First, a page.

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Writing for TV: Peaky Blinders Pilot

What better show to analyze for writing than Peaky Blinders? If you don’t know, Peaky Blinders is a British period crime drama television series crafted by Steven Knight and is set in Birmingham. It chronicles the endeavors of the Peaky Blinders crime syndicate in the immediate aftermath of World War I. This fictitious gang draws inspiration from a real urban youth gang bearing the same name, active in the city from the 1880s through the 1910s.

The show boasts an impressive ensemble cast, with Cillian Murphy taking on the role of Tommy Shelby, Helen McCrory portraying Elizabeth "Polly" Gray, Paul Anderson as Arthur Shelby, Sophie Rundle as Ada Shelby, and Joe Cole as John Shelby, the gang's prominent members.

Joining this talented lineup are Sam Neill, Annabtelle Wallis, Iddo Goldberg, Tom Hardy, Charlotte Riley, Finn Cole, Natasha O'Keeffe, Paddy Considine, Adrien Brody, Aidan Gillen, Anya Taylor-Joy, Sam Claflin, Amber Anderson, James Frecheville, and Stephen Graham.

The series initially premiered on September 12, 2013, airing on BBC Two until its fourth season (with occasional repeats on BBC Four), after which it migrated to BBC One for the fifth and sixth seasons.

Netflix secured the rights to broadcast the show in the United States and worldwide. In January 2021, it was announced that the sixth season would mark the conclusion of the series, followed by a spin-off film, and the final season graced screens in 2022. So, what can we learn from the show and its pilot as writers? Let’s discuss it!

Still from 'Peaky Blinders'. Photo credit: IMDb

Compelling Central Character

Every great show centers on having an incredible main character, making it nearly impossible to sell a script without one. In this case, Peaky Blinders has Thomas Shelby, portrayed by Cillian Murphy, who occasionally strikes terror into the hearts of foes, friends, and even his own family.

His steely thousand-mile stare, ruthless approach to business, and meticulously devised plans captivate viewers. The Shelby family's saga embodies the archetypal gangster narrative—a small-time player striving to transition into a legitimate world, leaving behind extortion and criminality in favor of lawful prosperity.

Tommy occupies the space between a sociopath and a psychopath, embodying self-reliance and unwavering confidence, pitting his family against a slew of formidable adversaries in his relentless pursuit of power and status.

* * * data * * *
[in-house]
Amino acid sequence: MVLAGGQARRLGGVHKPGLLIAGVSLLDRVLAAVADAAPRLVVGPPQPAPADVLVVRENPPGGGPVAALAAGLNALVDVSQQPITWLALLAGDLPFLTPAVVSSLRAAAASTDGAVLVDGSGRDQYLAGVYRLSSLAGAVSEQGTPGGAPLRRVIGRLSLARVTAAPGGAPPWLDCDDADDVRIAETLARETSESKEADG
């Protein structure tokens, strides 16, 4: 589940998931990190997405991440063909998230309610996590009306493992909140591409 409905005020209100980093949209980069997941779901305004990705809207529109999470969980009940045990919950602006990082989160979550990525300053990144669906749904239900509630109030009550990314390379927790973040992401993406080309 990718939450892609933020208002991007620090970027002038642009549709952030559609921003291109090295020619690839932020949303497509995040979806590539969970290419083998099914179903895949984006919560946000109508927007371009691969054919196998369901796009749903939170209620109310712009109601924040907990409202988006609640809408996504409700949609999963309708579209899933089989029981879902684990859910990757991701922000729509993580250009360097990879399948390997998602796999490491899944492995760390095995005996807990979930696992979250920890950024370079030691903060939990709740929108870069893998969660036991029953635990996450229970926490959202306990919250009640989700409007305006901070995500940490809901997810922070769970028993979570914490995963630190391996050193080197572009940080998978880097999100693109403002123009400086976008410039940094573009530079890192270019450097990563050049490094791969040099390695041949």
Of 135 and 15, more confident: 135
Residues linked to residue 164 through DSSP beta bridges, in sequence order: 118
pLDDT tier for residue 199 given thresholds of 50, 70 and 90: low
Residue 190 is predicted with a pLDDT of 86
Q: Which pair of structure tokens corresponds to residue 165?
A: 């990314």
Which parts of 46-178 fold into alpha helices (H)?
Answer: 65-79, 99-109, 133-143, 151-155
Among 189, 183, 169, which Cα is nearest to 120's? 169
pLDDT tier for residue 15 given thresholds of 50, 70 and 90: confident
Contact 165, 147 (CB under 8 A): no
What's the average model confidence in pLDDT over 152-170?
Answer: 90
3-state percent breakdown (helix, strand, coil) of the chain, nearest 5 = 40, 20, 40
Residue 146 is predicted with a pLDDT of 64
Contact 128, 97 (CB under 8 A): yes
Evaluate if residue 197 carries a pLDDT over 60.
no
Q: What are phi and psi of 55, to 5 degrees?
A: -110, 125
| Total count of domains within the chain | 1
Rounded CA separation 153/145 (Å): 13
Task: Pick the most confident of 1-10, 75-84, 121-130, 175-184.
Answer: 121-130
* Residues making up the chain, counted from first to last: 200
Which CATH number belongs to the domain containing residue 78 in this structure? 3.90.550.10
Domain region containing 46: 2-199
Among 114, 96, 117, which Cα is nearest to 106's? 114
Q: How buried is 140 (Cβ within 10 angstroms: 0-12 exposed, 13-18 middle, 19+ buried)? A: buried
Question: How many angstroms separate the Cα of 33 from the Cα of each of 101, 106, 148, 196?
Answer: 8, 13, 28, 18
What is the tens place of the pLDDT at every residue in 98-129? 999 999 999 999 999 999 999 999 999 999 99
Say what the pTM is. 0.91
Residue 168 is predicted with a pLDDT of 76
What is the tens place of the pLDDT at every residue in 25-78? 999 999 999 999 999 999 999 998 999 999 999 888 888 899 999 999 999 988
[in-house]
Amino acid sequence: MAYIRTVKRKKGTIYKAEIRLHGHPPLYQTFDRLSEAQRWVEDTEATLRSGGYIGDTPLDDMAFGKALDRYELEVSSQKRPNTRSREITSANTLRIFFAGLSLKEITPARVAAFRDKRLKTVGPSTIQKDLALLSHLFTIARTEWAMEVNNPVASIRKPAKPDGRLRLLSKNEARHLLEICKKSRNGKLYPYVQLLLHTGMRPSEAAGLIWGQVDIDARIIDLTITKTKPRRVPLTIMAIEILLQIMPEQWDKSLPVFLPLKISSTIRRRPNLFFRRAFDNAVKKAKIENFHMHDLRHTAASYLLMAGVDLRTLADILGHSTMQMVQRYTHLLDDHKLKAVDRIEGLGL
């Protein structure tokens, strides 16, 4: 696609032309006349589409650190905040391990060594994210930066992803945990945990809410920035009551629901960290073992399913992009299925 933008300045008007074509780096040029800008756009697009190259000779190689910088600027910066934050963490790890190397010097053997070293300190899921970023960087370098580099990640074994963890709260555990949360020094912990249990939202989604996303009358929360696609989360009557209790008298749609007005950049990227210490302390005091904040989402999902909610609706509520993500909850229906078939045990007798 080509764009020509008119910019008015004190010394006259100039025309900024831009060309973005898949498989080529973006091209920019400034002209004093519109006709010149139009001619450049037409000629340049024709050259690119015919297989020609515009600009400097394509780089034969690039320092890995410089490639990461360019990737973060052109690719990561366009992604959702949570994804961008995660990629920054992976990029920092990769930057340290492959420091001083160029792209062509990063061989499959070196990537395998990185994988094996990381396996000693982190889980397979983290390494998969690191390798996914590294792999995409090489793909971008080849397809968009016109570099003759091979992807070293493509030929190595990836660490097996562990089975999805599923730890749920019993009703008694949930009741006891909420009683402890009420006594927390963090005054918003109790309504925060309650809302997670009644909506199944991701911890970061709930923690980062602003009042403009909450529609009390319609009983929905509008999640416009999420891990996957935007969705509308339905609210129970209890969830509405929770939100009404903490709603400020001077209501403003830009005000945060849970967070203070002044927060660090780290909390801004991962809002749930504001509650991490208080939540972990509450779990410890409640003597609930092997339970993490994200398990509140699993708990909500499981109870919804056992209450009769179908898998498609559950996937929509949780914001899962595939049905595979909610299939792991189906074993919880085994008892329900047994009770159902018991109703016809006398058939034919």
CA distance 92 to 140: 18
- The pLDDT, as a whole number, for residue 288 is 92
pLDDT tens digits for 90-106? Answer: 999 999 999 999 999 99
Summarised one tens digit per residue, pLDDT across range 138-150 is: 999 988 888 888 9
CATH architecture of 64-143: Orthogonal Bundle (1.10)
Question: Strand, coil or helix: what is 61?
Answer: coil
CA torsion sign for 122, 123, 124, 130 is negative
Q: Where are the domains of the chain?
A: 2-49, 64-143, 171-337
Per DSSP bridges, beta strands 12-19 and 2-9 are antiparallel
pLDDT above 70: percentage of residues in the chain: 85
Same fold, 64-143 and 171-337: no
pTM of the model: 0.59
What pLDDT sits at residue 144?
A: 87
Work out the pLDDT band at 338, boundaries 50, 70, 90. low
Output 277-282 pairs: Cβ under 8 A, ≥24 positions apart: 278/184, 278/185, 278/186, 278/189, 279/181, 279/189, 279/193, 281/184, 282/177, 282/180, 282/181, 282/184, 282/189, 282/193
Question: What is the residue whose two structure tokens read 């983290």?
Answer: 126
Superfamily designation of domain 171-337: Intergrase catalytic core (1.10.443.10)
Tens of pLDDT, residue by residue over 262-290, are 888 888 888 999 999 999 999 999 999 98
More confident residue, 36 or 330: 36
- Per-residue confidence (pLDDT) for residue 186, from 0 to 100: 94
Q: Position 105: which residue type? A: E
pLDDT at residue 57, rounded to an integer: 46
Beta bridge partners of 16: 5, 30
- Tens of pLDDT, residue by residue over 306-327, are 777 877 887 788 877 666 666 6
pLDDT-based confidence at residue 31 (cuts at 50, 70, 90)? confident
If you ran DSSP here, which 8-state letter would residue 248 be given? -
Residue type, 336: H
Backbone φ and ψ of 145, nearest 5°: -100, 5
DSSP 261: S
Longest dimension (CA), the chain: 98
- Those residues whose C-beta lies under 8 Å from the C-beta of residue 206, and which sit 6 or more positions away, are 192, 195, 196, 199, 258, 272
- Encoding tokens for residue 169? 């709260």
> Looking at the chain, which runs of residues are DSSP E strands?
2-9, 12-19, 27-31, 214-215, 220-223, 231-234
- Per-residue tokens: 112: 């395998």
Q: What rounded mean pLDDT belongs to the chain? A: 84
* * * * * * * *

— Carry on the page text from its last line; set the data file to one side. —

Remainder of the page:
The character is a formidable force not to be trifled with, akin to Tony Soprano or Vito Corleone, but even more hands-on and direct in his pursuit. He stands as the anti-hero worth rooting for–a man fiercely protective of his family, a brilliant strategist always one step ahead of his rivals.

Making the Audience Want More

Peaky Blinders sets it up for success from the jump by making the audience want more. Whether it’s the fake death of Danny, the tension between the Italians, or the situation with the gun sales, a lot makes you want to follow the show.

In your creative endeavor, contemplate the inclusion of a pivotal character making a last-minute entrance, the revelation that someone presumed deceased is, in fact, alive, or a character harboring a dark secret that turns out to have a valid reason for their silence. Thrillers and crime dramas excel in employing such twists.

This series unfolds within a captivating world, adding an extra layer of intrigue for writers. When crafting your script, aim to conclude it in a manner that leaves the audience pondering, "What comes next?" The desire for more should always linger in the viewers' minds, driving their curiosity and anticipation.

What Makes it Interesting?

No matter how plain you want your story, developing an exciting plot is best. For example, with Peaky Blinders, the story being set in the U.K. after World War I is enough for people to check it out. It’s an intriguing world that offers something different and isn’t all that familiar.

However, remember to distinguish your script from a literary piece since it offers the audience a real-time visual experience of the unfolding story. While lengthy conversations with clever dialogue may appear impressive in writing, they can translate into dull and unengaging scenes on screen.

To enhance the viewer's experience, incorporate vivid visual descriptions of what is happening on the screen. Infuse your settings and actions with elements that captivate and intrigue, ensuring that every moment is as visually stimulating as possible.

Furthermore, captivating an audience is challenging with an excessively lengthy script. As a general guideline, one script page typically translates to approximately one minute of screen or stage time in screenwriting and playwriting.

To capture the interest of producers and captivate the audience, it's advisable to aim for movie and play scripts of around 100 pages. Television scripts, on the other hand, can vary in length, spanning from 30 minutes to 80 minutes, depending on the specific duration of the episode. Peaky Blinders excels at crafting an exciting story in a format that keeps it going without feeling dull.


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